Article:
Frome has a choice of local independent nurseries where you can rely on friendly expert advice and the confidence that comes with buying locally grown plants. Crafty Gardeners designer Michelle Wake reviews what’s available and asks for tips on plants for winter interest.
‘There were 11 independent nurseries in Frome after World War 2’, says Ray Minty as he works on holly wreaths for Christmas, ‘Minty’s started in 1917 and we are the only ones left.’
Minty’s specialises in bedding plants and floristry at the 2 acre site near the Frome Lidl. When Ray joined the firm, founded by his grandfather, the nursery grew a wide selection of plants. But as the cost of fuel to heat the greenhouses rose, the nursery started to buy plants in. Today they still grow some plants from seed but also buy in plug plants to grow on in their on-site greenhouses.
Ray’s son David does floral arrangements for all occasions, including the upcoming Christmas festivities. David recommends planting up containers of pansies, violas, polyanthus and primroses to create some cheer throughout the winter months.
Barters Plant Centre, Chapmanslade
Just 10 minutes from Frome, Barters Plant Centre, has been in business for over 50 years. Legh and Di Walker bought the nursery in 1981 and are commited to growing as many of the plants on offer as possible.
Barters staff are horticultural experts and the nursery recently showcased its expertise by grafting rare old Wiltshire apples for a community orchard in Marlborough. Frome residents can benefit from Barters expertise at Frome Community College whose RHS Level 1 practical award is being taught at the nursery.
Barters is more than a nursery and also offers most of the other garden products found at the garden centre chains. A selection of the stock is displayed as a planting suggestion in the ‘Garden Path’ polytunnel, providing inspiration for those not sure how to use their purchases. If you want to inject some winter interest into the garden, Barters suggests winter-flowering shrubs such as mahonias or the fragrant Viburnum x bodnantense ‘Dawn’.
Stephen and Emma Lewis-Dale are plant enthusiasts who bought the green field site that has become Mead Nursery, just outside Rudge, 20 years ago. They lived in a caravan while their house was built on site and have developed a thriving nursery that attracts customers from as far afield as Germany.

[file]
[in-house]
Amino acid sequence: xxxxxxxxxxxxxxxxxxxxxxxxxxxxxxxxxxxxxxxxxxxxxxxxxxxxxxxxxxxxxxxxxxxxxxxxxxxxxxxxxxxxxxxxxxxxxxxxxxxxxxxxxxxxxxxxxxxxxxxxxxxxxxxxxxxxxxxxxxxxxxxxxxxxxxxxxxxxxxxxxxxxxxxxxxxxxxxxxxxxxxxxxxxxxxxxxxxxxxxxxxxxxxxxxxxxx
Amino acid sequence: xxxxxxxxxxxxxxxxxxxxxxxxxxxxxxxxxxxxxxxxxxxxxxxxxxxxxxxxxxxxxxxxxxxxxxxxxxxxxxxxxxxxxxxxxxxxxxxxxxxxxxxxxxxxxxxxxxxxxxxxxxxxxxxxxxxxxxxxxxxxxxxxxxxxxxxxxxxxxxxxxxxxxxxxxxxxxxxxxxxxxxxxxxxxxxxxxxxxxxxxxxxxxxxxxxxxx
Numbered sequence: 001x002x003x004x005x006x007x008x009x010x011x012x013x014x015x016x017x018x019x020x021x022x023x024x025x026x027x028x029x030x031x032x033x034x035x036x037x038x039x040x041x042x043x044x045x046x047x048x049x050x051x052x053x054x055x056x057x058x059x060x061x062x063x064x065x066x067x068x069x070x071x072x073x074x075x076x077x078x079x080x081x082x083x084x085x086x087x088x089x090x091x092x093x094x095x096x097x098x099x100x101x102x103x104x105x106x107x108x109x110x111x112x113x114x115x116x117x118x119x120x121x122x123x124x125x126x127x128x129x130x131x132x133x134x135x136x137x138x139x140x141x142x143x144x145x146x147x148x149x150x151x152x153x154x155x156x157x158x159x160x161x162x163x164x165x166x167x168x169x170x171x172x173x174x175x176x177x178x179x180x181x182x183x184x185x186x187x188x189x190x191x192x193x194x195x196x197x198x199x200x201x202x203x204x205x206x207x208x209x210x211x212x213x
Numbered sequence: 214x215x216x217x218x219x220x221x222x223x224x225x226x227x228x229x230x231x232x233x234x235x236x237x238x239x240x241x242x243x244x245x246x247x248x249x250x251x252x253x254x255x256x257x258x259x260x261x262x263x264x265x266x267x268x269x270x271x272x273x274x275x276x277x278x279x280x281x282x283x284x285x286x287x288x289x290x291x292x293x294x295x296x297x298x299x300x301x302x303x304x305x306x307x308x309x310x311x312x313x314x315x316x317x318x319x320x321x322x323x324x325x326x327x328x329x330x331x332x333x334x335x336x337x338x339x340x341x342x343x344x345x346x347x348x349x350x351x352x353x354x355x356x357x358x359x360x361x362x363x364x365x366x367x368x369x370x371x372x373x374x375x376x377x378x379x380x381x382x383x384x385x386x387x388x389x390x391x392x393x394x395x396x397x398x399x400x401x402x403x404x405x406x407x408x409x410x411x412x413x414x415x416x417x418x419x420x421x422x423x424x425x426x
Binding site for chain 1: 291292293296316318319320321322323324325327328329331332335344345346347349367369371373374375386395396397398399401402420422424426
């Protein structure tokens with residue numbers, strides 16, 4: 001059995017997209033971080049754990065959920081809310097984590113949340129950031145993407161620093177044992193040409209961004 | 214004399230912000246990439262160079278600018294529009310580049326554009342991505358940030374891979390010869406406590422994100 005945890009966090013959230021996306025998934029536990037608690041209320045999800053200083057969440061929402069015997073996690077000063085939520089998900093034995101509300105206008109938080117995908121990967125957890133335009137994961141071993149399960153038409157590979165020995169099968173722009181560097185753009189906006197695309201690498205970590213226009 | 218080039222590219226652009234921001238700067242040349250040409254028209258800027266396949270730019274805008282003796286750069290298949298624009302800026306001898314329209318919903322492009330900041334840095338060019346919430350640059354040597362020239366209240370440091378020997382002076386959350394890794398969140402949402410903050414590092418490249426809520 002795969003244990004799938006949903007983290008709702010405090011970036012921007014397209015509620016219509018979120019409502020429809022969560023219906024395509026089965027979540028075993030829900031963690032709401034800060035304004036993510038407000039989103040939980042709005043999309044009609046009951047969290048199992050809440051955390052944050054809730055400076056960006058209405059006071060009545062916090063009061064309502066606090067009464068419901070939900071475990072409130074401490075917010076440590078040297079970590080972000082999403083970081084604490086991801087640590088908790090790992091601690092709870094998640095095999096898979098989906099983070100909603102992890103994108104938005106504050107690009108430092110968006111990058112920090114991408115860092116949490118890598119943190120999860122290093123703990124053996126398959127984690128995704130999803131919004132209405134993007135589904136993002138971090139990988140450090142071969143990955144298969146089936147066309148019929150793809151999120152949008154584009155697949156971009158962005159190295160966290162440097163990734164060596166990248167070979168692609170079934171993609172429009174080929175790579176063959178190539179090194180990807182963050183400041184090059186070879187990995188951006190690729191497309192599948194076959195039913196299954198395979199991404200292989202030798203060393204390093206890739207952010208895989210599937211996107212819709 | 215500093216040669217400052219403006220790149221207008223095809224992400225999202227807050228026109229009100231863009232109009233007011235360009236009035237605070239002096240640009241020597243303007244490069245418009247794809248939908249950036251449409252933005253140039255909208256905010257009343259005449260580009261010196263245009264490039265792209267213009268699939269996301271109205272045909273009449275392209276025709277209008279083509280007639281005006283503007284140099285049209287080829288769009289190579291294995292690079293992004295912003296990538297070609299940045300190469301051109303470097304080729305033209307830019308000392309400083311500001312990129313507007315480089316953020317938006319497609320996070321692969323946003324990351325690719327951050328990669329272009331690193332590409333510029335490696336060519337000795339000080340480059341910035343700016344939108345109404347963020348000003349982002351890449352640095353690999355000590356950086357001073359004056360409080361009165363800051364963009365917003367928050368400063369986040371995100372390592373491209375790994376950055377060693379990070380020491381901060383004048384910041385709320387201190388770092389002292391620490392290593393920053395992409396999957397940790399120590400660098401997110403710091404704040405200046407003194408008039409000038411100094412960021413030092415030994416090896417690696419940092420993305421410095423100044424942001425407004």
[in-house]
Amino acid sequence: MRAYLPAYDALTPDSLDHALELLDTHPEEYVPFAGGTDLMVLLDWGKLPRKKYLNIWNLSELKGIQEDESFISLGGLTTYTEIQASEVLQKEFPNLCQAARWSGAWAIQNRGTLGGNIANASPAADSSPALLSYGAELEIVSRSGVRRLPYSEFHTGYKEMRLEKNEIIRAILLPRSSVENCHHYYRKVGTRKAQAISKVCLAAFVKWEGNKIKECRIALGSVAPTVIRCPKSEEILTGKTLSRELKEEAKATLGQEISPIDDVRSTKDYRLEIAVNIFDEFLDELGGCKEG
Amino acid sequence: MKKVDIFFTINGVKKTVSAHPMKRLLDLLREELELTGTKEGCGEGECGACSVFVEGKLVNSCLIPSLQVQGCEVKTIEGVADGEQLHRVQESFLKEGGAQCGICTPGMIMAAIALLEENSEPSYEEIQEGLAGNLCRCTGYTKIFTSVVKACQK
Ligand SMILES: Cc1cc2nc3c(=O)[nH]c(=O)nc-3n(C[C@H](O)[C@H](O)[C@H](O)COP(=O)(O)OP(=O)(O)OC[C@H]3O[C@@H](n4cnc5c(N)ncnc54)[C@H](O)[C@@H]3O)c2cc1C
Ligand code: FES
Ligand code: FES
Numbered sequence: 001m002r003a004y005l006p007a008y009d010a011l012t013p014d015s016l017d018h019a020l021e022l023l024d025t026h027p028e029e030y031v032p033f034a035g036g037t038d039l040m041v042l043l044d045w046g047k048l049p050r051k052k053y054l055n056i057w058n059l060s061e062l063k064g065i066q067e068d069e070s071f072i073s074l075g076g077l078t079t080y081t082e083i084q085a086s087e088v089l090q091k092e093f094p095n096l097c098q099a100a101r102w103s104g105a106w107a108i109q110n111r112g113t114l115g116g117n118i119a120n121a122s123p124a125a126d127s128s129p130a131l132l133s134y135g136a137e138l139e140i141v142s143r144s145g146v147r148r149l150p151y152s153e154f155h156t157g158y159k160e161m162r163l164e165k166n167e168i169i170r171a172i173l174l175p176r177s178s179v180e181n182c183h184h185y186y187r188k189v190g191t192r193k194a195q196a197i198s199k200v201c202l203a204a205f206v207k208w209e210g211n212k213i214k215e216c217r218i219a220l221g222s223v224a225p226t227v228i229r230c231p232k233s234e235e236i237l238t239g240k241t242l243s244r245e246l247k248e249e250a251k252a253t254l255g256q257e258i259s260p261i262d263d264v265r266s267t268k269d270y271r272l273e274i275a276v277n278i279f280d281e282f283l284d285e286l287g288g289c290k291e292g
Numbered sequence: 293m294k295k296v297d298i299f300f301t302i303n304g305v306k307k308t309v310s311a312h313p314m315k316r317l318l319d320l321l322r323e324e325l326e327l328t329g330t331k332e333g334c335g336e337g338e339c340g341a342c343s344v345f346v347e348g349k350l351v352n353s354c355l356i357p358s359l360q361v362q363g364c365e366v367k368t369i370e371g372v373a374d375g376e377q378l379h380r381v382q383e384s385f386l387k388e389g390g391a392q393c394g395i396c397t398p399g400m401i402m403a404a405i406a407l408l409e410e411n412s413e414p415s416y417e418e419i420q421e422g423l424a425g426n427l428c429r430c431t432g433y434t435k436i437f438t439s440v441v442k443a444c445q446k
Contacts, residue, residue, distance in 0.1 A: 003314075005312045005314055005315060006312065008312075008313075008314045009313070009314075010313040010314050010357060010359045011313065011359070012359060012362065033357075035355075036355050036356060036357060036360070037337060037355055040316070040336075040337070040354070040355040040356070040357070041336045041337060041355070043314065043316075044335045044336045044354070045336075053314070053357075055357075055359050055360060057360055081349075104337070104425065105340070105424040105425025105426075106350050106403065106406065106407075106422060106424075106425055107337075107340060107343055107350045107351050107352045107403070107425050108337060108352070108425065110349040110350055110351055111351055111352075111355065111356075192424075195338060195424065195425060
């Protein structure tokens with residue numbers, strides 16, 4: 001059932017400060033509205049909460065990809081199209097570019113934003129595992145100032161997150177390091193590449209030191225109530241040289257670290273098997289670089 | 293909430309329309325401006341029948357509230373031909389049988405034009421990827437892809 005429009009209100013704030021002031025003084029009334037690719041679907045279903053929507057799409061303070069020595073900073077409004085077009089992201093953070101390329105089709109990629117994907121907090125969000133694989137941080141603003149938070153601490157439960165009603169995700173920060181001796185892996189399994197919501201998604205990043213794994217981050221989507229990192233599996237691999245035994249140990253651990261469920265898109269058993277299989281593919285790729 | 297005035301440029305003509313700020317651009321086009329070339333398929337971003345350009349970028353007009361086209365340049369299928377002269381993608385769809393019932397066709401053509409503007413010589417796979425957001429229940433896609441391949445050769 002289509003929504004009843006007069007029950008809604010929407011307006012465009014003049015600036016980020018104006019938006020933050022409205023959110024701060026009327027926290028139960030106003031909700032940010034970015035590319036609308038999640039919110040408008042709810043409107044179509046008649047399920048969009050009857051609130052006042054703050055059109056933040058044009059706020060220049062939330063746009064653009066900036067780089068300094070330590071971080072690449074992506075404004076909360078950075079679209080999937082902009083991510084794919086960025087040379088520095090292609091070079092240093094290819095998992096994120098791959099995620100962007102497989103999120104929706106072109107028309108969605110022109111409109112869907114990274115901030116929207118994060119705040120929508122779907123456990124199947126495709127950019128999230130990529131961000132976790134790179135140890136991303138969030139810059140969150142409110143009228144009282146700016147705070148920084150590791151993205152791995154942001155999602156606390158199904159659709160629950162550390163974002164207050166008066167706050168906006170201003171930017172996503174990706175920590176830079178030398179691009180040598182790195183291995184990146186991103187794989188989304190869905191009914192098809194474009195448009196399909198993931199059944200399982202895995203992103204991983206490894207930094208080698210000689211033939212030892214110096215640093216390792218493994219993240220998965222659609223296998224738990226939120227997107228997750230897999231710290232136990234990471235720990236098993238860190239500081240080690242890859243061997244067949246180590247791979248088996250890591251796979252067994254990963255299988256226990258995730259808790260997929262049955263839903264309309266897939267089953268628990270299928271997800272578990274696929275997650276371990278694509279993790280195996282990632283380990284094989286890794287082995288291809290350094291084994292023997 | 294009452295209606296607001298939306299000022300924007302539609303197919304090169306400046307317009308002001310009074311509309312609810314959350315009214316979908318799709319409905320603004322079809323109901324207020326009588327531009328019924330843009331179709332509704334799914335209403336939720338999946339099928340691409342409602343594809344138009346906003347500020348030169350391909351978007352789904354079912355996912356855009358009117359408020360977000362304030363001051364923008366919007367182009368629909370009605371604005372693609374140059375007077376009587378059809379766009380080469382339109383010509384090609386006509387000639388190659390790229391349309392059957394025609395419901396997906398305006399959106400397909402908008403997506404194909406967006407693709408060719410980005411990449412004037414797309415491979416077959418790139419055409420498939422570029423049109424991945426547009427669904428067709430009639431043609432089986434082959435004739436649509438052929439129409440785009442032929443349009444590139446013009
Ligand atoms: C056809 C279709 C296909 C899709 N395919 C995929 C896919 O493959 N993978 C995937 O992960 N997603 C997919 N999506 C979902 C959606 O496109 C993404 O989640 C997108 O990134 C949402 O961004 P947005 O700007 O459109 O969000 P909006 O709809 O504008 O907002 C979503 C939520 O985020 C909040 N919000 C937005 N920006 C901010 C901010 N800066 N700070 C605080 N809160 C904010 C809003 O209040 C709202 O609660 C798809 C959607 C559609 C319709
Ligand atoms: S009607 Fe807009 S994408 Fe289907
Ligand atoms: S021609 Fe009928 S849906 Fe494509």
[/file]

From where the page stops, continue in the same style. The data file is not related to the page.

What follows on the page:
The nursery offers herbaceous perennial, many of which are on display in the mature gardens. Over 500 varieties of alpine plants are also available, including some hard-to-find selections. The German visitors came for the rare yellow Gladiolus papilio.
Stephen has a number of ideas for winter interest in the garden. He suggests Ceratostigma plumbaginoides for good groundcover with red autumn foliage and vivid blue flowers for early winter followed by Cyclamen coum for late winter colour. The Giant Fennel, Ferrula communis, is a large dramatic plant during the summer but the fresh-green, feathery leaves are on display throughout the winter, resembling baby ferns.
Mead Nursery is closed to the general public over the winter but open by appointment. The web-site has a wealth of plant information and is a great resource for planning your new planting schemes for spring.
Walled Garden Mells
The 17th Century walled garden in Mells is a treasure trove of herbaceous perennials, cut flowers and tasty treats.
Plants are not only grown on-site but can be seen planted out in the atmospheric garden. The Nursery provides an eco-friendly wedding flowers service and the Garden is one of The Crafty Gardeners’ workshops venues.
New owner Sam Evans suggests Lonicera fragrantissima, for winter interest in the garden. ‘It flowers in January, when everything is bare, and smells of lemon sherbert. Herbaceously it’s got to be hellebores for winter. I love the oriental hellebores but I’m also very fond of the lime green native Helleborus foetidus.’ The Walled Garden closed on Dec. 23rd and re-opens on March 1st.